When sports like hockey hit the mother of all pause buttons back in March, I wasn’t sure when I’d be ready for them to start up again. Yes, much of that doubt was fueled by when it would actually be safe to bring groups of athletes together to compete, let alone whether or not there would be fans allowed to attend these events.
While real life raged all around, in hospitals and eventually the streets, I struggled with finding my footing as it pertained to sports and it’s place in all of it. Emphasizing the need for the return of sports seemed at best frivolous, at worst, maybe brutally tone deaf.
Not to mention that competing for the Stanley Cup in August and September just seemed preposterous to me. If you are a regular listener, you probably heard me say any number of times how little interest I’d have in spending beautiful summer days and nights in front of the TV watching hockey.
Well, I was wrong.
Sure, a large part of my thinking in the spring was predicated on being able to travel to Canada by the summertime and, of course, that has not happened. But I also underestimated my love of, and simply put, my addiction to the game.
I’m scoring the NHL’s return a 9-out-of-10. The only reduction coming from some odd TV rules that have kept some games from being shown in their entirety in either the U.S. or Canada. Also, allowing for a scenario where one of the losing teams in this play-in round would win the draft lottery is all-time bad. So maybe an 8-out-of-10 is the right score. Either way, I’m thrilled with how this has all gone on the ice and on TV.
Like most observers, I wasn’t sure what no fans in the buildings would look and feel like. Mark me down for being more than fine with it. That’s not to say I wouldn’t rather there actually be fans in the arenas. That’d be awesome, mostly because it would be normal and a great sign that we’ve got the pandemic under control.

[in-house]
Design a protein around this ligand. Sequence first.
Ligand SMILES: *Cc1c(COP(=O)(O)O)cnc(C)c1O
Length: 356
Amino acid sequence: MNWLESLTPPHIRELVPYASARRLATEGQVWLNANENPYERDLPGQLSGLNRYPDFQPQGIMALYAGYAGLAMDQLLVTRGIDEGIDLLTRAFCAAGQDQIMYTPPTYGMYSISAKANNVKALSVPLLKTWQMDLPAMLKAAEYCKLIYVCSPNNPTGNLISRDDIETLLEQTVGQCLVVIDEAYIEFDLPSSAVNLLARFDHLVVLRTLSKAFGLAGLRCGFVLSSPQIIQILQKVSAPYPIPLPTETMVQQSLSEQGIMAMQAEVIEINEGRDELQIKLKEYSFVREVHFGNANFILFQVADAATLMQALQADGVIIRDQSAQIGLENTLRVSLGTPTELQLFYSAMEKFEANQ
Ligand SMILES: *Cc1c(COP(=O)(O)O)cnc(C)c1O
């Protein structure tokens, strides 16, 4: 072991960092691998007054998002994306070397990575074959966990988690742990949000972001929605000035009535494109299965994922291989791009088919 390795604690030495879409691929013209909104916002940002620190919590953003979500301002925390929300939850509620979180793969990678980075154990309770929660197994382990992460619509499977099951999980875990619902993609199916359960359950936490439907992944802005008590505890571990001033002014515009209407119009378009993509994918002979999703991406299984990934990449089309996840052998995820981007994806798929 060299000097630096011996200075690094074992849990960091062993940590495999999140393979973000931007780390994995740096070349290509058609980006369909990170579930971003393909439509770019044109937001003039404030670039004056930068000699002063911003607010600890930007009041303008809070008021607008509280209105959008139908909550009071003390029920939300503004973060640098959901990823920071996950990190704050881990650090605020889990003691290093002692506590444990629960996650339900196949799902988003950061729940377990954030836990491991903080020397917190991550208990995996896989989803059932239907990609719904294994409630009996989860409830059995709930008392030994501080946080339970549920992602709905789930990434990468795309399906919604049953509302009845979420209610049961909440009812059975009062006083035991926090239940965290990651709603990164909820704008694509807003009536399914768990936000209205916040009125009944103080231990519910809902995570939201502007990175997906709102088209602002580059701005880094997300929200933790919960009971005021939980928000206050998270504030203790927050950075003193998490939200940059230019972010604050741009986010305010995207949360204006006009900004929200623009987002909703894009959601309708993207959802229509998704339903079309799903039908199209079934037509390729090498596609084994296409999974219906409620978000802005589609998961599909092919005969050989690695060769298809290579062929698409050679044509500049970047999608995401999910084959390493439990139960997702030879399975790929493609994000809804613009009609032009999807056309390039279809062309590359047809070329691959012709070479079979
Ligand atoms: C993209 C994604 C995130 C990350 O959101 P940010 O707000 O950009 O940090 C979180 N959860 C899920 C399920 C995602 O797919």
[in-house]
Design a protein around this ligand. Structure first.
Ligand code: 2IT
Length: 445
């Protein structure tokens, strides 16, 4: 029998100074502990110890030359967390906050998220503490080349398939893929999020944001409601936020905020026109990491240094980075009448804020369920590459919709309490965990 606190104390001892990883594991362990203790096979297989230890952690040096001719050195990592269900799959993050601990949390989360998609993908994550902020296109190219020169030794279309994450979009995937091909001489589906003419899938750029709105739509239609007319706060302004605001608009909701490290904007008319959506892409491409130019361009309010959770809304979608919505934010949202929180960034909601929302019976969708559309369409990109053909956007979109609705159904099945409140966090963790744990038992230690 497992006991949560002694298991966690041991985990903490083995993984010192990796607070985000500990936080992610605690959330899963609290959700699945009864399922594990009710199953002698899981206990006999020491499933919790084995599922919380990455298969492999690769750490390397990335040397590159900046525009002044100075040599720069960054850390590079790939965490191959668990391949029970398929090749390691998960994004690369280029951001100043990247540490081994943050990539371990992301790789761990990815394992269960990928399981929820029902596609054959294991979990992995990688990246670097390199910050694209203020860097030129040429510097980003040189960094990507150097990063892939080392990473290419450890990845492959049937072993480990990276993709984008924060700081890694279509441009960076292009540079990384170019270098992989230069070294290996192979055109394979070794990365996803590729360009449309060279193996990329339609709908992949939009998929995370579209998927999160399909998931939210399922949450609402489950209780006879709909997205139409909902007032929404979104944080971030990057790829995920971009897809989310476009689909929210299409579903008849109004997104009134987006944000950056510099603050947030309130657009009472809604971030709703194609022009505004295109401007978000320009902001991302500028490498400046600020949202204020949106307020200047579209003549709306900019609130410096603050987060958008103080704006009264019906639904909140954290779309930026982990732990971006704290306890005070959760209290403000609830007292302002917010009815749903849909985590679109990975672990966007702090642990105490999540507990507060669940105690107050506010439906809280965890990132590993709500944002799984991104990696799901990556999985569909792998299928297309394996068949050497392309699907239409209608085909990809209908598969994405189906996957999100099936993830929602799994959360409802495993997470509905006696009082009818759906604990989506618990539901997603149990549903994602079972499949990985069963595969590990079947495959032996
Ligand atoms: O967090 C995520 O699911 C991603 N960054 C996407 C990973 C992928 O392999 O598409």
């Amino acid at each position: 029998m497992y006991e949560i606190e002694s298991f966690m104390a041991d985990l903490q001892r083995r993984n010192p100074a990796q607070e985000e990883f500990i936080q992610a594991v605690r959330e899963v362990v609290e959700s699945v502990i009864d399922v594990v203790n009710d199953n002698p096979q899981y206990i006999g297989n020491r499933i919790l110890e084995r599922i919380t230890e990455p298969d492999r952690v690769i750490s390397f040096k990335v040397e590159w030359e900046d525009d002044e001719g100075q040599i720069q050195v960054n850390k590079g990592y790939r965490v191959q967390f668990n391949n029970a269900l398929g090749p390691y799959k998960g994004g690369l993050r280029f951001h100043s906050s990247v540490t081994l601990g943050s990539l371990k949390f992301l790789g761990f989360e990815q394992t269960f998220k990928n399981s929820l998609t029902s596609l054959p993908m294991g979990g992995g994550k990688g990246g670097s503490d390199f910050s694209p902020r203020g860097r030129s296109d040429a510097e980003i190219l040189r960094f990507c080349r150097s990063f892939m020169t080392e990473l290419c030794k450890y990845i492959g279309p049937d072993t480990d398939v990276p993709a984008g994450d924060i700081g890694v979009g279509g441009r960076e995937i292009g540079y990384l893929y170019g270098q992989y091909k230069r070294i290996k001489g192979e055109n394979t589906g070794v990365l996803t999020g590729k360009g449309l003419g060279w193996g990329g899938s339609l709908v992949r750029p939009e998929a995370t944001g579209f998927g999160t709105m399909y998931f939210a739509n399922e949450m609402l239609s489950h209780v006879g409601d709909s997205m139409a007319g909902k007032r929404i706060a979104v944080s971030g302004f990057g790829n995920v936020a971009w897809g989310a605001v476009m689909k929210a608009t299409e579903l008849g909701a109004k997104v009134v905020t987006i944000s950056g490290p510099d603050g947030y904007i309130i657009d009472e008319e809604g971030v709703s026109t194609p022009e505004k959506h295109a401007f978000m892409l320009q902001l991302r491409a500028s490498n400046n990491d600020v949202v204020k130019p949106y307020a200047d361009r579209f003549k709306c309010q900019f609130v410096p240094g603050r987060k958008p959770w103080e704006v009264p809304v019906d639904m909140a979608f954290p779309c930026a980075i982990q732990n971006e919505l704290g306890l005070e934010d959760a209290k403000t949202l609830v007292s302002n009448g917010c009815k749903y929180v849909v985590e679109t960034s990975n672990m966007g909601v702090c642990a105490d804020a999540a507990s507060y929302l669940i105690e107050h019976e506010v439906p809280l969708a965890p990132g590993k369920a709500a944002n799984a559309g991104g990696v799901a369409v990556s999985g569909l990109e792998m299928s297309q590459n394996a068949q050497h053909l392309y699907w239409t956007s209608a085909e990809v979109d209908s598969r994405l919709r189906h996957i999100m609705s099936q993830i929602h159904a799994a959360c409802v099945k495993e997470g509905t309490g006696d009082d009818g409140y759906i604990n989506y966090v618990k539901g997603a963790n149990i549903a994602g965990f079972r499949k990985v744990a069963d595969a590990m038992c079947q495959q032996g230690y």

Of course we know that we don’t have the pandemic under control, and it may still be months, or maybe longer, before we do.
So how’d I end up here?
Well, as alluded to above, I’m still pretty much stuck in my house. Yes, restrictions have lessened considerably, but I’m still not doing much. I work from home, hit the grocery store once a week or so, and that’s pretty much it. One family outing to our favorite restaurant last week that just re-opened their dining room, a 4th of July cookout at a friends house and maybe a couple of other outings, including a trip to Connecticut for hockey. That’s been it for me since March.
So I am a captive audience for the NHL, but don’t let that read like I’d be happy with whatever they shoveled into the trough. The league has done a fantastic job dressing up the arenas for TV. I don’t find myself hung up at all on there being no fans there, and the piped-in crowd noise doesn’t offend me at all.
It looks like hockey, it sounds like hockey, it’s hockey. The intensity of the games is fine, though I am not loving the round-robin games for seeding as much as the best-of-five play-in series.
Maybe the fact that I’ve spent so much time watching sparsely attended games I was invested in has trained me not to need the energy of a packed arena to get into the games. This last year especially, I watched more of my son's games on a single camera video feed than I did in person. So I’m used to not having much at all in the way of visual or audio cues to amp up my interest.
But mostly it comes down to this: I love hockey. I missed hockey, both in my family and on television. It’s back, for now. Next week, I’ll travel to Wisconsin with my son, Owen, for his NAHL camp with the New Mexico Ice Wolves, who selected him in a recent draft. Yes, I’ll have to quarantine when we return. Of course I wish I didn’t need to, but for now, no problem.
14 days at home? Ok. What time do the hockey games start?